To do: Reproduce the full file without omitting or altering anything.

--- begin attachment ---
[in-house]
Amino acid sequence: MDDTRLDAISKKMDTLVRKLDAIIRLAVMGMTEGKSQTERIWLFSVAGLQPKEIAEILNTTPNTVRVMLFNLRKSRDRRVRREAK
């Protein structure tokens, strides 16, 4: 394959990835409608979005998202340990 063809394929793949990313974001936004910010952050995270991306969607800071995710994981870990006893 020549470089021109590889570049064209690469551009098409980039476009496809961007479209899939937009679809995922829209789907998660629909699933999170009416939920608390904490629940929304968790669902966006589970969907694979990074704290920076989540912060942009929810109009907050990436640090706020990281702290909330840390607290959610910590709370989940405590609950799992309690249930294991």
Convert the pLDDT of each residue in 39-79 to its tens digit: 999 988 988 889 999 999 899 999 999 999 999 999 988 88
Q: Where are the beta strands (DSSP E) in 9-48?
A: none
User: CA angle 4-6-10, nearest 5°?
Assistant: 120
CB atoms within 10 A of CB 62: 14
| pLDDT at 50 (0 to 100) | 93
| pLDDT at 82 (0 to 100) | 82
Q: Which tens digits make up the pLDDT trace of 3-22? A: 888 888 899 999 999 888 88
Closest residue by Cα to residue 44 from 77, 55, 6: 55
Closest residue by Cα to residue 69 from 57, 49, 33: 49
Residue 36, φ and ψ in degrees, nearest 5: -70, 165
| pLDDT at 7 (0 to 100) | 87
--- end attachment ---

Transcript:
[in-house]
Amino acid sequence: MDDTRLDAISKKMDTLVRKLDAIIRLAVMGMTEGKSQTERIWLFSVAGLQPKEIAEILNTTPNTVRVMLFNLRKSRDRRVRREAK
């Protein structure tokens, strides 16, 4: 394959990835409608979005998202340990 063809394929793949990313974001936004910010952050995270991306969607800071995710994981870990006893 020549470089021109590889570049064209690469551009098409980039476009496809961007479209899939937009679809995922829209789907998660629909699933999170009416939920608390904490629940929304968790669902966006589970969907694979990074704290920076989540912060942009929810109009907050990436640090706020990281702290909330840390607290959610910590709370989940405590609950799992309690249930294991």
Convert the pLDDT of each residue in 39-79 to its tens digit: 999 988 988 889 999 999 899 999 999 999 999 999 988 88
Q: Where are the beta strands (DSSP E) in 9-48?
A: none
User: CA angle 4-6-10, nearest 5°?
Assistant: 120
CB atoms within 10 A of CB 62: 14
| pLDDT at 50 (0 to 100) | 93
| pLDDT at 82 (0 to 100) | 82
Q: Which tens digits make up the pLDDT trace of 3-22? A: 888 888 899 999 999 888 88
Closest residue by Cα to residue 44 from 77, 55, 6: 55
Closest residue by Cα to residue 69 from 57, 49, 33: 49
Residue 36, φ and ψ in degrees, nearest 5: -70, 165
| pLDDT at 7 (0 to 100) | 87